When Philippine Basketball National Team, the Gilas, Head Coach Joseller “Yeng” Guiao released the names of the players who will compose the 20-man pool for the fifth window of the FIBA World Cup Asian Qualifiers, a number of surprises came about, which we already mentioned earlier.
Which of these surprises do you think benefits, or puts to a disadvantage, the Gilas team? Here’s my take on them.
Where’s Blatche and Romeo
Not surprisingly, many were caught by surprise with the non-inclusion of the team’s original naturalized player and the supposed next face of the team.
I understand Guiao’s experiment on Blatche but I also would like him to give the man another shot at getting back to the team.
While I dislike Blatche’s effort on the defensive end lately and his advancing age, his size and capability to sink shots from the perimeter is a big plus for our team.
He is the perfect man for our power forward slot for the world championship, if Gilas gets there, where the competition gets bigger and tougher.
I also like the reward to Standhardinger and Pringle for their showing in the latest completed international games but, like it or not, Blatche is an entirely different player. That is if he is in shape, which he exhibited having trouble with in the past.
I would not also forget how he stood for his teammates during the melee.
I will always be on the side of June Mar Fajardo when it comes to reactions during the brawl as I mentioned before. I wished they would have approached this confrontation in a different manner, but it is what it is.
Blatche would always have my admiration because he was there for RR Pogoy and did not leave the seemingly bullied smaller Filipinos during Australia’s visit despite the probability of sanctions.
I’m not campaigning for his action of throwing a punch but looking at mild-mannered Jason Castro barreling a flying punch made me think something happened there to spark the unsavory reaction.
He was duly punished for the act and showed remorse for it. It should still be fitting if he will be back for the battles next year no matter what happens during the fifth window.
Blatche expressed being lost and confused through Instagram after being left out of the pool. He earlier express his willingness to go to war and was just waiting for his phone to ring for the call.
I do agree with Guiao on the overflow of talent at guard and Romeo’s case is a coaches’ preference. I’m sure a lot of Gilas fans agree with me when I say Lee, Cabagnot, Thompson, Lassiter and Tenorio will just duplicate each other’s contribution.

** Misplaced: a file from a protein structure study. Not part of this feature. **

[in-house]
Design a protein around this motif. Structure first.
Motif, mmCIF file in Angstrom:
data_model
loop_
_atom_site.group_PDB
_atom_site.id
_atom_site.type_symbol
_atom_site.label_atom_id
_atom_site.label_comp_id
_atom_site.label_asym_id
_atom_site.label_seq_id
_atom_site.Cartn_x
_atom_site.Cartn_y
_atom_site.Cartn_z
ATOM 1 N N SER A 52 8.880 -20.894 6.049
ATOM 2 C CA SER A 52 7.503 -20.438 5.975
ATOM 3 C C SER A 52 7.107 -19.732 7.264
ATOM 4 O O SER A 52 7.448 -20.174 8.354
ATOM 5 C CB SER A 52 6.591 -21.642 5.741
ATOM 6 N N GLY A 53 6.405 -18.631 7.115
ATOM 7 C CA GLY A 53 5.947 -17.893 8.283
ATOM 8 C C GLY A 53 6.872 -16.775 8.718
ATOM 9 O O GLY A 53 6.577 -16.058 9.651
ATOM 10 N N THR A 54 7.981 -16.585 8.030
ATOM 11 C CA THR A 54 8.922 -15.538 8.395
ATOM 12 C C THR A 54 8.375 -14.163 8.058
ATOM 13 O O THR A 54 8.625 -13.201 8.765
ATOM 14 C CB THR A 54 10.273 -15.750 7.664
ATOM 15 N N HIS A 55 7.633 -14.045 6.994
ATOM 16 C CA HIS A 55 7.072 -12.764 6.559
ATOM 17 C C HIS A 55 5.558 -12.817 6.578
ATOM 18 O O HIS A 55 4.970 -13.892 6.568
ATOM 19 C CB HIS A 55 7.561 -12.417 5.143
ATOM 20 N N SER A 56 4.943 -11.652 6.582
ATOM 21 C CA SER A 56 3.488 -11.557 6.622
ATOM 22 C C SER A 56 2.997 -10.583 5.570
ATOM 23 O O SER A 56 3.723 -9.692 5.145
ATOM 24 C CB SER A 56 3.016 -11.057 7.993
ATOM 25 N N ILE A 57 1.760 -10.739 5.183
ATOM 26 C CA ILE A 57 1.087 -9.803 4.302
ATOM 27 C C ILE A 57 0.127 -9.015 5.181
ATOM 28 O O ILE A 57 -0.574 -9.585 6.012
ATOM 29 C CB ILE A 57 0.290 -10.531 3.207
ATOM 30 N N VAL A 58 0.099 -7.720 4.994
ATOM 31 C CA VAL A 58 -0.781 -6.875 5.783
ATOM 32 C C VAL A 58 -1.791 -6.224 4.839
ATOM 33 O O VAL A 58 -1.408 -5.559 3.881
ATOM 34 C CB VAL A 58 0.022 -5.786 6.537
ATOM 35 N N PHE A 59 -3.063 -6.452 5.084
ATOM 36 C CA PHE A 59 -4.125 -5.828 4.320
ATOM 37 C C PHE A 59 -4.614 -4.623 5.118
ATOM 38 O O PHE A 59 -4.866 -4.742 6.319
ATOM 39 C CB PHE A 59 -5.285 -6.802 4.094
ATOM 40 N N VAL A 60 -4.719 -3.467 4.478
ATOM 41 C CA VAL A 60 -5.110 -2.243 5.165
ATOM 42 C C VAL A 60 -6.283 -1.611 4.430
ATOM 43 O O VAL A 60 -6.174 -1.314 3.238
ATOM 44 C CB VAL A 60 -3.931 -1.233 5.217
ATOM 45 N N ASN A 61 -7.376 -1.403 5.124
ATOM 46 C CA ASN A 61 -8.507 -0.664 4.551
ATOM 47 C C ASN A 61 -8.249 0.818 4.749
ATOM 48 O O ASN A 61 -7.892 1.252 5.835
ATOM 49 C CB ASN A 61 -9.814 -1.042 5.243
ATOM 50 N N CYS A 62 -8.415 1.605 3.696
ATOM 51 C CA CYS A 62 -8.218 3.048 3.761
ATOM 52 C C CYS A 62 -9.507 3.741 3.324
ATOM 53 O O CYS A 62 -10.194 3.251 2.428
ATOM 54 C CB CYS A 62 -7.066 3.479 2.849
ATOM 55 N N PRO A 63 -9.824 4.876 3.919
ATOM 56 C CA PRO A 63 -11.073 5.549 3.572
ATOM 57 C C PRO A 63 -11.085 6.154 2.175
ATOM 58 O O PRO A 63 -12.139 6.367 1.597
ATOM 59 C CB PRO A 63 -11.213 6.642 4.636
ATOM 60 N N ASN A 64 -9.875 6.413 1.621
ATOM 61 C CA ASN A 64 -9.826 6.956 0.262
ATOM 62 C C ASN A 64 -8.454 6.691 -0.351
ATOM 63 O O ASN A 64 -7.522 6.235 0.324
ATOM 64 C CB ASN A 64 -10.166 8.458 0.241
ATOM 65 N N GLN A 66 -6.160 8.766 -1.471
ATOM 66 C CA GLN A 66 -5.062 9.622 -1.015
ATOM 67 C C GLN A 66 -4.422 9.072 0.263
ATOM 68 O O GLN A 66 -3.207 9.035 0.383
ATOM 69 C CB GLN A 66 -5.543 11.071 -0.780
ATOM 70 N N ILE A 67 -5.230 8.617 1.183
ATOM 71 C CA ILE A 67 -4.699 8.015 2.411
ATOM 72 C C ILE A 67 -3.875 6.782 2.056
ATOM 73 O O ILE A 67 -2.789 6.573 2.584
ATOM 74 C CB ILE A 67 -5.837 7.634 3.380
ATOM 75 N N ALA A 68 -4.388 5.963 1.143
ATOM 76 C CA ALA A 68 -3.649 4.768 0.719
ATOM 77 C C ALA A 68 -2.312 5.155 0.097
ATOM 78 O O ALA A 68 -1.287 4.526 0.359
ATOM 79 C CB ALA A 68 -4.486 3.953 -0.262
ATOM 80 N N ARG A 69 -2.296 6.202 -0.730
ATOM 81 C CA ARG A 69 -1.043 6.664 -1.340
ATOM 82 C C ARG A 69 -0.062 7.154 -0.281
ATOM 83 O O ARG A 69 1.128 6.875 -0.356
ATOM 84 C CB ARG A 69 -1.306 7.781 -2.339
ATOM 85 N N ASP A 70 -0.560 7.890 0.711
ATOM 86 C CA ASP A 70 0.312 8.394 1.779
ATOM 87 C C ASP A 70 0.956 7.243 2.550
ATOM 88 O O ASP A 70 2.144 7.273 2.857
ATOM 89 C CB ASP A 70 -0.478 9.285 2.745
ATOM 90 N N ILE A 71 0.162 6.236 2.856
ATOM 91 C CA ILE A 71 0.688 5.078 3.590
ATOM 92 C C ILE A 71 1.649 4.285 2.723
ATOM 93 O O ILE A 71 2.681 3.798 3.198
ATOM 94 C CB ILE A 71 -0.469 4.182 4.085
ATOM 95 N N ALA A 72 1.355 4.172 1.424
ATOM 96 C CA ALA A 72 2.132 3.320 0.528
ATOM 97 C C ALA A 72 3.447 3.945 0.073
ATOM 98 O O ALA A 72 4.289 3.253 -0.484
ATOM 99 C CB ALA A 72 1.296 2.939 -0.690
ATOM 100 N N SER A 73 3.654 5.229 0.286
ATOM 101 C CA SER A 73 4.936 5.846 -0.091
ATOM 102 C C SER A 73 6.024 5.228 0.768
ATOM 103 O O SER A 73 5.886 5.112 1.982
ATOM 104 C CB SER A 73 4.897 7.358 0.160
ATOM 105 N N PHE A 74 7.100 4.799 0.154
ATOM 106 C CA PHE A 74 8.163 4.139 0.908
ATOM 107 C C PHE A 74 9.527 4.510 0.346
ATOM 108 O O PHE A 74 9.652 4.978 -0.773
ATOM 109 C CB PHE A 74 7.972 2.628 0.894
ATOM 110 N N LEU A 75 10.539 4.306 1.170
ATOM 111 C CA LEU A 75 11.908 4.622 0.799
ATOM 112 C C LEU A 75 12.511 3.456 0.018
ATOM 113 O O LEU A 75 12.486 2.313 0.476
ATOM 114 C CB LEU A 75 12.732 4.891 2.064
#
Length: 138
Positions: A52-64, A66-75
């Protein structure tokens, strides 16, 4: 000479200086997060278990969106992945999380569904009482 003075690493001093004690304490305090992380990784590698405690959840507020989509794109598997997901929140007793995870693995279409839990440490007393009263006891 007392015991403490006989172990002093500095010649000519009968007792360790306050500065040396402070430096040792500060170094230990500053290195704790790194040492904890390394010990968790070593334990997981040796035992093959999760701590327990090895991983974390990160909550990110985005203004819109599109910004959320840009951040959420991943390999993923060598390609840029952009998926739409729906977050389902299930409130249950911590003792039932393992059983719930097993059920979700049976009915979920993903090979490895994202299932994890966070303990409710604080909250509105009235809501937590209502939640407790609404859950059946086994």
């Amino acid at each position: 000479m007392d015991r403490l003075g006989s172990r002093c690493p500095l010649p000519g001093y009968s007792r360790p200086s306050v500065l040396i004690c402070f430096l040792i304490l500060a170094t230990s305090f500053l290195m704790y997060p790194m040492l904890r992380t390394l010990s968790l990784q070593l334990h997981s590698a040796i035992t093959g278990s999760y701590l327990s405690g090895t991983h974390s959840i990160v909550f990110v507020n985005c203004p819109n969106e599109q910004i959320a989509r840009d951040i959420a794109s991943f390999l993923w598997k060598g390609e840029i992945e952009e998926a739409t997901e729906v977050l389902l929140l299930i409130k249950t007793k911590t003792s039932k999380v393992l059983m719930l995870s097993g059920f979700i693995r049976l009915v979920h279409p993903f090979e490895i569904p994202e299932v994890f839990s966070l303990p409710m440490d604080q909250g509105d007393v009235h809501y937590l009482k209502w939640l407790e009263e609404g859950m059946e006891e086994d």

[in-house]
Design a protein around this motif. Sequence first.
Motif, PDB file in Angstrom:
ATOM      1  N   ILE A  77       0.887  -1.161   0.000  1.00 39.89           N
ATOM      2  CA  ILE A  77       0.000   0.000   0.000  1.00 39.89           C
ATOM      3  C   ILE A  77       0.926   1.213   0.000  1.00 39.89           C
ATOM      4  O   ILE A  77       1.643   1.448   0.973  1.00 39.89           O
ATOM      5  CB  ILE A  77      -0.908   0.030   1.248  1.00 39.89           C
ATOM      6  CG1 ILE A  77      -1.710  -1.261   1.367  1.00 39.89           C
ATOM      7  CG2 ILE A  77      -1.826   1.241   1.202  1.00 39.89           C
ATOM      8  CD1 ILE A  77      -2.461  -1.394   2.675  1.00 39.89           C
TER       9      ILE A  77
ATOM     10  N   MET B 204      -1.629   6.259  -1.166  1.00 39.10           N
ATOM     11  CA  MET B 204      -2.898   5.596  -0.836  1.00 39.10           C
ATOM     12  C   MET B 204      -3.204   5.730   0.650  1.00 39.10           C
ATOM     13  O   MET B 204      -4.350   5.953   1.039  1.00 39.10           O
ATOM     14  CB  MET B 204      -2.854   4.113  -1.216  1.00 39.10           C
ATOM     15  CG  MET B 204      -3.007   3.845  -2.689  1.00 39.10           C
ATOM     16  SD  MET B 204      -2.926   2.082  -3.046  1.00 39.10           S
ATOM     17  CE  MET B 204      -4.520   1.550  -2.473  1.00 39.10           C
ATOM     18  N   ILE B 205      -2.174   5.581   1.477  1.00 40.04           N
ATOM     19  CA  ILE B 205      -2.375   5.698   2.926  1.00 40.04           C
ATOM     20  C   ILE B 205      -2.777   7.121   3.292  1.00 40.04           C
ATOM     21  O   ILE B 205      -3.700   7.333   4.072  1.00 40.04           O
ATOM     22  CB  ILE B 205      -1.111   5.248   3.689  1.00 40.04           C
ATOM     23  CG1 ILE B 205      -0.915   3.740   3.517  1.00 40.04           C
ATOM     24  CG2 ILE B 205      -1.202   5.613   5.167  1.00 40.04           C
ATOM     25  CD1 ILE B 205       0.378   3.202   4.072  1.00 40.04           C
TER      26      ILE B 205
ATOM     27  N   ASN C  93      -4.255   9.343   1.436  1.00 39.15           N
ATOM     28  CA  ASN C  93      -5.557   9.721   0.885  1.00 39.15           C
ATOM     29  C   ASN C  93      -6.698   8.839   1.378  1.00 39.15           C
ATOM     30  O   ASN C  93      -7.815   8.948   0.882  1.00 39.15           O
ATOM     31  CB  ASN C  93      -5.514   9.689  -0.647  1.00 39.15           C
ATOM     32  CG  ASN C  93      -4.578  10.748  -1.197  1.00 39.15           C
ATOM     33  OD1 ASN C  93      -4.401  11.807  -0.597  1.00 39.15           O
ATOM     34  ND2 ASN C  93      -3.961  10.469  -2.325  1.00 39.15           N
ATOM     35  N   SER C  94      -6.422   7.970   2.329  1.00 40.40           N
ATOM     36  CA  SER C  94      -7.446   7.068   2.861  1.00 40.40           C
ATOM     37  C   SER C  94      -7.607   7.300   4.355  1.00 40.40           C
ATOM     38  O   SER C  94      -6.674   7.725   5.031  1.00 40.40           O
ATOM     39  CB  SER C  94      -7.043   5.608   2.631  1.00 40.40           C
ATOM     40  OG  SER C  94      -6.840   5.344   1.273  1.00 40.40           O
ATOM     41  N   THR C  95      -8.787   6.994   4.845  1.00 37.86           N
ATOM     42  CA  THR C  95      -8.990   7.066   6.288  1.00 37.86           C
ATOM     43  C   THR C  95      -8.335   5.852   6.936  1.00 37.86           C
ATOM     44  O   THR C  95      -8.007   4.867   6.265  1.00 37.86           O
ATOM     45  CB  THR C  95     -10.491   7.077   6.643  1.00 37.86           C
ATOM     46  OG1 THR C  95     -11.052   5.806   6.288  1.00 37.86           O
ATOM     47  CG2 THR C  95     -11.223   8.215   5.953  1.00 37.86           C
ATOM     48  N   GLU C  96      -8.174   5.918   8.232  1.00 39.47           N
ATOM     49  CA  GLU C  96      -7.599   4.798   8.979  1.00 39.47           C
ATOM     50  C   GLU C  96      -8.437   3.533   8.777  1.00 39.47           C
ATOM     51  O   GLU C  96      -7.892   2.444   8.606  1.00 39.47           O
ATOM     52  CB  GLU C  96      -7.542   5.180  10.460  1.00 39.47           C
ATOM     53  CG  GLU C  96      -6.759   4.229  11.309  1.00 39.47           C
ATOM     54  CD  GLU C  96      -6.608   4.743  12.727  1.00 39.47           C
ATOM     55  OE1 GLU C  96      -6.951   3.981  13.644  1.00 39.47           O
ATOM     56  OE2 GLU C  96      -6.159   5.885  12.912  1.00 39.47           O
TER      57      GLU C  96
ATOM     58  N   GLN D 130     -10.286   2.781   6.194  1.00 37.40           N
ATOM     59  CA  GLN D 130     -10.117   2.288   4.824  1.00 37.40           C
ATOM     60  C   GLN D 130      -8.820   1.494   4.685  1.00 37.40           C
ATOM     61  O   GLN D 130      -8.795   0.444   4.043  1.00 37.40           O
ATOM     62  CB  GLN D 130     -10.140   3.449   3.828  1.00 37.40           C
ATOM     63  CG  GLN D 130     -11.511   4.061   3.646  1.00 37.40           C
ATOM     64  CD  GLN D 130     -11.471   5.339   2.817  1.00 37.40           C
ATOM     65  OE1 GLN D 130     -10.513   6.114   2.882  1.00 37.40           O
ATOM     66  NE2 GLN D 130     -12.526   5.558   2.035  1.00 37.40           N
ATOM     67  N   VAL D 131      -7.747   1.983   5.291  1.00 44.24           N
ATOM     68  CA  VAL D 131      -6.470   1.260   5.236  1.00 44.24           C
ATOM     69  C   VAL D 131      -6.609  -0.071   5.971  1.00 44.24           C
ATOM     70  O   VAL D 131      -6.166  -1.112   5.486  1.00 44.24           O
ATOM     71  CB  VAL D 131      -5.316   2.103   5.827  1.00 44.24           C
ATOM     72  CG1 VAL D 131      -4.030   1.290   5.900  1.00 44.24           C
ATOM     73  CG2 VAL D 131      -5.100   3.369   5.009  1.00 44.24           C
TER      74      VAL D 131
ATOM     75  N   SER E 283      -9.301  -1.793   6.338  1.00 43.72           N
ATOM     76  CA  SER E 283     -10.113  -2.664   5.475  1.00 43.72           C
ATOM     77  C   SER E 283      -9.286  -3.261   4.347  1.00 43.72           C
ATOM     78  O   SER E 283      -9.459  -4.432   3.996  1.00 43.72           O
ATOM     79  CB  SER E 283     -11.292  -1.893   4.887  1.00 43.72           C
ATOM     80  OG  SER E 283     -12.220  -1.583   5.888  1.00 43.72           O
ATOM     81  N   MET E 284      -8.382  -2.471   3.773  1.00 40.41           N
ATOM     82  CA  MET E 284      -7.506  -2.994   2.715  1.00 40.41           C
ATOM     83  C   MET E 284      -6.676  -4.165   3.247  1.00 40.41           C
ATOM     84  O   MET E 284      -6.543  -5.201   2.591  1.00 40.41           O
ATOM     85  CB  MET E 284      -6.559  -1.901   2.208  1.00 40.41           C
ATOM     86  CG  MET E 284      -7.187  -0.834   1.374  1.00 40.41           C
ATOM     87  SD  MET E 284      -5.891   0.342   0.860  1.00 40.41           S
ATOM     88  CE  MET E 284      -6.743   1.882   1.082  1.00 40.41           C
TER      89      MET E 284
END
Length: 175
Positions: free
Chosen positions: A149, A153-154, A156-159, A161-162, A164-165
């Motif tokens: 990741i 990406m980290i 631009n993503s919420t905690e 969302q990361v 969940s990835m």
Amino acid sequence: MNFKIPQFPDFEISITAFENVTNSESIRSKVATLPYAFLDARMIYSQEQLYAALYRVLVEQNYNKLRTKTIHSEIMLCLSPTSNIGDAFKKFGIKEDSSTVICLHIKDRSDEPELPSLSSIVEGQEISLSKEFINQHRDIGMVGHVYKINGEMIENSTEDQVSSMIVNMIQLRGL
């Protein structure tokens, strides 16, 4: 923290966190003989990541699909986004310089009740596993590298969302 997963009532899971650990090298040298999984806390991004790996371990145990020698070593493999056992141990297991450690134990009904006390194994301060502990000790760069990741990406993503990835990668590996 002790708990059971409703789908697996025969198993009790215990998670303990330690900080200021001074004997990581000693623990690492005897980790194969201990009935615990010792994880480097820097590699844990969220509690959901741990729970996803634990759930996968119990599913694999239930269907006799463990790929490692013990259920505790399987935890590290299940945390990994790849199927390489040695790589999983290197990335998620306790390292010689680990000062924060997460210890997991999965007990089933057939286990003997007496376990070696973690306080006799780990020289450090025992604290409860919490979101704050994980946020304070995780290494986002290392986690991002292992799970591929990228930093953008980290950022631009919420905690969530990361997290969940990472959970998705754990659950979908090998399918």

Of course, there will be differences here and there but the more one will look closer to their contributions, they look more and more similar in many ways.
Here come the Lieutenant and the Spiderman!
Tenorio’s case is again a preference which I won’t argue. Santos, though, is a long overdue case.
Santos is another perfect specimen for international competitions. He is long, has long reach, can defend bigger or smaller guys, and more importantly, has an accurate three point shot.
I was always wondering why former head coach Chot Reyes did not touch this guy, even just inviting him to the trainings, when Santos had been volunteering to be included in the lineup several times.
In fairness to Reyes, his hands were tied because of the one only per team policy and we all know Fajardo is the guy to get from San Miguel.
In Santos and Aguilar, Guiao now has to his disposal two of our lanky, quick and perimeter snipping guys who can slam the ball and crash the boards against the foreigners. We can certainly make it three if we are to consider Troy Rosario a permanent fixture at the 3 position.
Is our Kobe a bust?
This one kinda flew below the radar. Paras is sort of idle basketball-wise right now and should have all the time for Gilas.
Guiao said the cadets are our investments and, with due respect to Rivero and Sotto, Paras was one of our brighter bets not so long ago for the first full Filipino-blooded player to enter the NBA before he decided to get back on Philippine soil to continue his basketball career.
I’m not saying Guiao ignored Paras, for the selection of Rivero and Sotto could well be a coaches’ preference too.
I simply dislike the idea of giving up quickly on Paras until we can see what he can do against the big boys. The different American schools he attended seem to agree in unison that he is not the NBA type of player as he struggled to get playing time.
Well, we know how it works there for foreigners. Unless one really wows them, we should not expect American coaches to field our guy. I have no idea what kind of effort he made while he was there but how I wished Paras worked harder to hone and display his skills there.
Nevertheless, he is still young and needs more maturity. So we should not take the result of Paras’ stint there against him.
Paras is still a big potential in Philippine basketball. The stakeholders should continue giving him chances to prove his worth as it is still too early for this young man.
By: ARMANDO M. BOLISLIS
Banner photo by: fiba.basketball